a reply to: Arbitrageur
Thanks.
Q1. Lens at 0 deg is removing 50% of (100% of 360) deg the light. eg vert axis.
Lens 2 at 5 deg is removing 5% of (100% of 360 deg.) of (100% of 180) deg of filtered light.
= 9%.
I can sort of understand "Lens (0) removes 50% of 100% of 360 deg." is supposed to mean something like
originally posted by: blackcrowe
a reply to: Arbitrageur
One more point to add.
Lens (0) removes 50% of 100% of 360 deg.
Lens (-1) removes 12.5% of 100% of 180 deg.
Lens (+1) removes 12.5% of 100% of 180 deg.
So why don't you wait until it's done before burdening us with your statements which have no math or predictive power to back them up?
originally posted by: KrzYma
I know, you want math, equations, drownings...
...NO! not till it's done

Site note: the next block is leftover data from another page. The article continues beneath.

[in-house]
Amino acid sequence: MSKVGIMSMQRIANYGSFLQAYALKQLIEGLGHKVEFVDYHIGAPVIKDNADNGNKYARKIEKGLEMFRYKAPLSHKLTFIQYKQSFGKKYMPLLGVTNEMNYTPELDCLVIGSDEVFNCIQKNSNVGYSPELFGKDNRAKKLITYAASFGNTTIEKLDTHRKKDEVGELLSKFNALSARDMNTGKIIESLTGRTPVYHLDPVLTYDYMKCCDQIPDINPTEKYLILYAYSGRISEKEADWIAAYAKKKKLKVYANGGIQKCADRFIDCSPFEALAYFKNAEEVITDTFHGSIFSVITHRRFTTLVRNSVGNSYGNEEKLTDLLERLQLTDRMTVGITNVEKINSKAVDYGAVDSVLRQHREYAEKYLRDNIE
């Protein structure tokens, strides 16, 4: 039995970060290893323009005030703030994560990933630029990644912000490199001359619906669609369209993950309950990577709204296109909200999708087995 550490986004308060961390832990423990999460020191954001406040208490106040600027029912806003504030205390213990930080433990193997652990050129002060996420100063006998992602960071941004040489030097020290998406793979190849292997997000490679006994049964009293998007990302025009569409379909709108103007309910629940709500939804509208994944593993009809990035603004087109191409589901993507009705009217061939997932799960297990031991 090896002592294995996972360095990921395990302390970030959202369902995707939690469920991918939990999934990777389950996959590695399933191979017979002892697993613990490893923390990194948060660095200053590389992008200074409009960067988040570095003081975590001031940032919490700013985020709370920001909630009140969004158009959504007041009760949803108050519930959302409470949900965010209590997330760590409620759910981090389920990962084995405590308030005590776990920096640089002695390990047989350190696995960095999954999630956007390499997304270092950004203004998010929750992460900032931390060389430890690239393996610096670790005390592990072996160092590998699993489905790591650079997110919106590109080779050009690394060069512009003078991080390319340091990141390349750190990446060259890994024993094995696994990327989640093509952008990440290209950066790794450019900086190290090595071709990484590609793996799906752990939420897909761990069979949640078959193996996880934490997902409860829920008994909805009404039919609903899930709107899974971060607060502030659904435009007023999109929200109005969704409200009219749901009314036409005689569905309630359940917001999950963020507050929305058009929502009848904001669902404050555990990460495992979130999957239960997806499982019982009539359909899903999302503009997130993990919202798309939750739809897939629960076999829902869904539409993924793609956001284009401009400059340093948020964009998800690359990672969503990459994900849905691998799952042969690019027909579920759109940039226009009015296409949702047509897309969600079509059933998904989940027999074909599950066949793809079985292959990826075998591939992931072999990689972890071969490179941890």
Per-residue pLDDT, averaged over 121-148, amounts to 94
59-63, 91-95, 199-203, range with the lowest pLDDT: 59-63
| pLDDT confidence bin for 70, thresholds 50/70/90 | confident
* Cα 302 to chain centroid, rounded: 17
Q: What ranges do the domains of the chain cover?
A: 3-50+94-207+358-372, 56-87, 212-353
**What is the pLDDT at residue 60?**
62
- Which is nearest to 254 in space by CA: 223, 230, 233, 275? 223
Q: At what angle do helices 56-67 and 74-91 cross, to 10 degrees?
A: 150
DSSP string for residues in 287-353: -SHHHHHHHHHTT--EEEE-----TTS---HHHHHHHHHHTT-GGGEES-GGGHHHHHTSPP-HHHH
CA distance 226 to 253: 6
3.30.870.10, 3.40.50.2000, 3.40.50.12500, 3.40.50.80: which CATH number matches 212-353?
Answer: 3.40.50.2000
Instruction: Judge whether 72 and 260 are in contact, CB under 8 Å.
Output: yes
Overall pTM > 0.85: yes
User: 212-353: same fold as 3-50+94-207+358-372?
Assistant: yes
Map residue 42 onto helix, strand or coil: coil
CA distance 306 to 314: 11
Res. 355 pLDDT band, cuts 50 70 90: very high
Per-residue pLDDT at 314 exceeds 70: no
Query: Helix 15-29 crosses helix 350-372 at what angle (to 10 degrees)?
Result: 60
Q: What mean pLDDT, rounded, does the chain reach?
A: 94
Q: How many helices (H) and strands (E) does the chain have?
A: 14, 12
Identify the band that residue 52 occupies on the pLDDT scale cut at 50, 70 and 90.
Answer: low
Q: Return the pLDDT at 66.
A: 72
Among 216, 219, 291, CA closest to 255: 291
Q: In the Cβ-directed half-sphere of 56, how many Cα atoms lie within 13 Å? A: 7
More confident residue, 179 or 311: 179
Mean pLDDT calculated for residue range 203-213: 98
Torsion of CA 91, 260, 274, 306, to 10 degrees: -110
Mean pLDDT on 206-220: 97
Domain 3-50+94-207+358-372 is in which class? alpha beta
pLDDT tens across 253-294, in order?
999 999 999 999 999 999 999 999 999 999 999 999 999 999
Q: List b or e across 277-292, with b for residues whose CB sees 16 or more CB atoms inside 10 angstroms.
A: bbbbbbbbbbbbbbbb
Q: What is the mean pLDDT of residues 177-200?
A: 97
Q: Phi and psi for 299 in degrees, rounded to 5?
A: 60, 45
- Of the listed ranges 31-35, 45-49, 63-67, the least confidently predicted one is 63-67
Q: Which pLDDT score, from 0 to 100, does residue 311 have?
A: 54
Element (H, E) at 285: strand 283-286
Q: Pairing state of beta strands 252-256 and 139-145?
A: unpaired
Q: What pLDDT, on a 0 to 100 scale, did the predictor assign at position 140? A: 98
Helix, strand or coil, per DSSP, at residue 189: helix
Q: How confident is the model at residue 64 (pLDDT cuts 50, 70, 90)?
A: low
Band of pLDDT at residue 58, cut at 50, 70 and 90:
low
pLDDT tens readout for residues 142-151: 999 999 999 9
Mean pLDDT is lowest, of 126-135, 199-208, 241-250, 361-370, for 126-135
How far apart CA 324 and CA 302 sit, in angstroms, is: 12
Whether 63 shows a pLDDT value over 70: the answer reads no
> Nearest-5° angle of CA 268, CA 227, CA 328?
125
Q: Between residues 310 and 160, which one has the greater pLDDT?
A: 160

I think anybody who has an interest in physics gets this warm feeling inside that the world is orderly when seeing how well the classical world follows our intuitive logic, then has the rug pulled out from under them when they learn about the experiments like the double slit, and that as much as we want Einstein to be right that "God doesn't play dice", the evidence keeps piling up that it looks like he was wrong about that. But sure I've had my own ideas and thought the scientists must be overlooking some things, like take dark matter for example. I thought maybe they didn't consider certain things, let's call them A, B, and C, but on digging into their research I find they not only considered A, B, and C, but also D, E, and F and probably a lot more of the alphabet in papers I haven't even read yet, though I've read a number of them. The bullet cluster papers are a must read for people who have doubts, and I even read Moffett's papers saying there is no dark matter and observations can be explained by changing gravity theory.